VII Core -- Verifiable Credentials

Introduction

Verifiable Credentials are a W3C standard data model for expressing cryptographically secure digital credentials on the web.

Though they are both part of the VC data model, Verifiable Credentials (VCs) are distinct from Verifiable Presentations (VPs). Presentations are typically generated or derived from VCs and presented by credential holders for the purposes of verification.

The VC data model defines two concrete data syntaxes, JSON and JSON-LD. JSON-LD allows the VC data model to be extensible and interoperable while remaining distributed in its architecture.

When combined with DIDs, VCs provide a decentralized data sharing model where interconnected webs of signed and linked data can be used to establish trust across contexts.

To learn more about our approach to VCs, read our blog, “JWT vs Linked Data Proofs: comparing Verifiable Credentials”.

JSON-LD

Linked Data plays a very important role when it comes to exchanging verifiable information. JSON-LD is designed to facilitate sharing and discovering data in web-based environments. There are several available guides online that describe JSON-LD in detail. We’re going to focus on two required properties of JSON-LD that consistently show up in the VC data model, namely @context and type.

@context

@context: When two software systems need to exchange data, they need to use terminology that both systems understand. Credentials contain attributes and values that are defined by basic terminology, i.e. in a given context, "lastName" may be an attribute that refers to a person’s surname. Contexts map terms that are used in VCs and VPs to URIs that explain what those terms mean in that context. @context is expressed as an ordered set, and all credentials share the same common context that always appears first in the set, https://www.w3.org/2018/credentials/v1. Contexts are often cached for the sake of performance.

type

type: Related to @context, the type property expresses what kind of information is in the document: is it a verifiable credential? Is it a presentation? Is it an object containing credentials, or presentations? For convenience and semantic interoperability, type is often specified as a set of terms that are defined in the JSON-LD @context.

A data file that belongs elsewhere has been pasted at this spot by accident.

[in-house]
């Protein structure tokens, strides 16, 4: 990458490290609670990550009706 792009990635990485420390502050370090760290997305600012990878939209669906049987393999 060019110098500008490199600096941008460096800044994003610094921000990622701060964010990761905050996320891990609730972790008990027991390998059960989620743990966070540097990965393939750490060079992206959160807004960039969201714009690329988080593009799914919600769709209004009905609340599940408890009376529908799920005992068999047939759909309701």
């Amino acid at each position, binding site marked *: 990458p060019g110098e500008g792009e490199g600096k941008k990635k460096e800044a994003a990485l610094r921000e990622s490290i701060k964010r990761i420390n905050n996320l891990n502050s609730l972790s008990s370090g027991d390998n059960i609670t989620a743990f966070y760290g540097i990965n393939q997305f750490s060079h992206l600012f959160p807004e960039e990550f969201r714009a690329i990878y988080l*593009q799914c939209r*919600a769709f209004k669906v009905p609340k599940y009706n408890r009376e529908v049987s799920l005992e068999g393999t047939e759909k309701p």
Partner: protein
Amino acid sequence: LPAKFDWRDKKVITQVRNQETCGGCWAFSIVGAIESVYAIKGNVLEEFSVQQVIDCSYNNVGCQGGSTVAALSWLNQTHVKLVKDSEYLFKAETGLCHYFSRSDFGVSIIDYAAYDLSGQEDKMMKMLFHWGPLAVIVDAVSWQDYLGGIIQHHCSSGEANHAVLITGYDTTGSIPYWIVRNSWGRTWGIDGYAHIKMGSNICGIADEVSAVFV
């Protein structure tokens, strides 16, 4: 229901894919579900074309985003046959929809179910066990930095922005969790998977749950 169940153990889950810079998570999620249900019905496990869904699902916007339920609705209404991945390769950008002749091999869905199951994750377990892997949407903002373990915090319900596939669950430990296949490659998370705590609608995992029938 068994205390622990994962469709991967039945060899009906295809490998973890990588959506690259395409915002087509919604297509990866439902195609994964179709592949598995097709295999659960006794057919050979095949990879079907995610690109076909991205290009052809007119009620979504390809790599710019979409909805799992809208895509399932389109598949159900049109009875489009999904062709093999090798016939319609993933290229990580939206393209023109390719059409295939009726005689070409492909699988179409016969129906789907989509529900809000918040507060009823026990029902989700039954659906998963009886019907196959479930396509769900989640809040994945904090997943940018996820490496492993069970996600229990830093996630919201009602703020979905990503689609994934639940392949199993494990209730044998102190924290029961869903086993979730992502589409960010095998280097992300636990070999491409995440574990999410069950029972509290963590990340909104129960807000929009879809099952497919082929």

Usage

MATTR VII utilizes Verifiable Credentials extensively in our VII Core. Core allows our users to create, store, retrieve, manage, and delete Verifiable Credentials.

In addition to JSON-LD properties that are defined in the credential, VCs created on MATTR VII will include the DID & in some cases the domain name of the issuer, as well as some kind of identifier for the subject (typically also a DID).

NOTE: We have developed an experimental feature in MATTR VII around Zero-Knowledge Proofs (ZKP). It’s a technique to implement privacy-preserving selective disclosure in verifiable credentials using the cryptography of BBS+ signatures. As ZKPs are experimental, they only work with did:key method at this point. To experiment with this feature, use your API endpoint to create a DID with "method":"key" and "keyType":"bls12381g2" parameters set. If you create a Verifiable Credential using this new DID as the issuer DID, the platform will automatically detect this capability and create a ZKP-enabled BBS+ credential for you. Our Mobile Wallet App can detect if ZKP is enabled in a credential, and upon request for verification, will use that information to derive a new credential presentation that selectively discloses the required info using ZKP. You can read more about our work on privacy-preserving verifiable credentials on our blog.

For more detail on our Verifiable Credential capabilities, check out the API Reference Docs.

Revocation

Credentials issued using MATTR VII have the capability to be set with a revocation status that can be checked by Verifiers while preserving the privacy of the credential holder. This status can then be updated by Issuers of those credentials to indicate if the credential is revoked or still valid. The holder is also able to use the MATTR Mobile Wallet to see the latest revocation status of their credentials at any time.

We have used a W3C specification known as Revocation List 2020 to achieve this in a simple, transparent, and interoperable way. Our tutorial on how to Revoke a credential goes into some depth on how this mechanism works.

The Credential Registry

Whenever a Credential is created on MATTR VII, a small amount of meta-data is held about the Credential:

  • id — internal identifier generated by the platform

  • tag — (optional) an externally provided identifier

  • credentialStatus — (optional) reference to the Revocation List

  • issuanceDate — the date the credential was issued

The actual Credential, including information about the subject, is typically stored in the holder’s digital wallet, though it can also be optionally held by the Issuer in the registry alongside the credential meta-data. It is only recommended to invoke this setting when it is appropriate to do so.

Storing and retrieving the entire Credential data needs careful consideration, as holding personally identifying information (PII) has implications when it comes to regulatory compliance e.g. GDPR and CCPA.

For Credentials issued via the OIDC Bridge, only the meta-data is stored on the MATTR platform.

The Credential Registry can be used to look-up the Credential based on tag and type to obtain the meta-data, or the entire Credential if it’s being held.

The meta-data can be used in other operations, like Revoking the Credential or determining the existence of an issued Credential based on an external ID.

A valid use-case for the credential registry is in the case of non-personal Credentials being held and retrieved for public display, for example a Verifiable Organization Network or a company’s registry.